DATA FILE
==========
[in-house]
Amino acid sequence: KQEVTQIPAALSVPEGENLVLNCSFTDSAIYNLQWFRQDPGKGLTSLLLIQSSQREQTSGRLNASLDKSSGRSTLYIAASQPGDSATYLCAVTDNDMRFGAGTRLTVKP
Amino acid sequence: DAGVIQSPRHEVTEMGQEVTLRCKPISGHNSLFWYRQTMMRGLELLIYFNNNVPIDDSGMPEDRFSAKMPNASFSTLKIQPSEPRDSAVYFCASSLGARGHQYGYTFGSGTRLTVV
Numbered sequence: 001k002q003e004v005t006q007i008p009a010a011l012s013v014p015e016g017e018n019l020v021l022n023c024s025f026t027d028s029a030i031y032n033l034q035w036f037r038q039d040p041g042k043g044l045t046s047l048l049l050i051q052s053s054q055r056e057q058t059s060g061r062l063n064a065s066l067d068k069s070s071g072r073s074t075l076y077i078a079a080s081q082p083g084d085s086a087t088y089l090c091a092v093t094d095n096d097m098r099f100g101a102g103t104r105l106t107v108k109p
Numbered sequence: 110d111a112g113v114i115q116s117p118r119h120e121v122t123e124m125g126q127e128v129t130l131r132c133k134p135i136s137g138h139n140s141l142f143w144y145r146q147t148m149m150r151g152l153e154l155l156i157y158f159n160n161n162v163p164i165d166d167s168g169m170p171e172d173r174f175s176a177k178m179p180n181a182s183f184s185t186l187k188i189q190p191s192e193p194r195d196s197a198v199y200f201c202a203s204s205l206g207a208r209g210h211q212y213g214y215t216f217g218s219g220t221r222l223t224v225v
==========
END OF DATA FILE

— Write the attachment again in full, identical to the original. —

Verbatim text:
[in-house]
Amino acid sequence: KQEVTQIPAALSVPEGENLVLNCSFTDSAIYNLQWFRQDPGKGLTSLLLIQSSQREQTSGRLNASLDKSSGRSTLYIAASQPGDSATYLCAVTDNDMRFGAGTRLTVKP
Amino acid sequence: DAGVIQSPRHEVTEMGQEVTLRCKPISGHNSLFWYRQTMMRGLELLIYFNNNVPIDDSGMPEDRFSAKMPNASFSTLKIQPSEPRDSAVYFCASSLGARGHQYGYTFGSGTRLTVV
Numbered sequence: 001k002q003e004v005t006q007i008p009a010a011l012s013v014p015e016g017e018n019l020v021l022n023c024s025f026t027d028s029a030i031y032n033l034q035w036f037r038q039d040p041g042k043g044l045t046s047l048l049l050i051q052s053s054q055r056e057q058t059s060g061r062l063n064a065s066l067d068k069s070s071g072r073s074t075l076y077i078a079a080s081q082p083g084d085s086a087t088y089l090c091a092v093t094d095n096d097m098r099f100g101a102g103t104r105l106t107v108k109p
Numbered sequence: 110d111a112g113v114i115q116s117p118r119h120e121v122t123e124m125g126q127e128v129t130l131r132c133k134p135i136s137g138h139n140s141l142f143w144y145r146q147t148m149m150r151g152l153e154l155l156i157y158f159n160n161n162v163p164i165d166d167s168g169m170p171e172d173r174f175s176a177k178m179p180n181a182s183f184s185t186l187k188i189q190p191s192e193p194r195d196s197a198v199y200f201c202a203s204s205l206g207a208r209g210h211q212y213g214y215t216f217g218s219g220t221r222l223t224v225v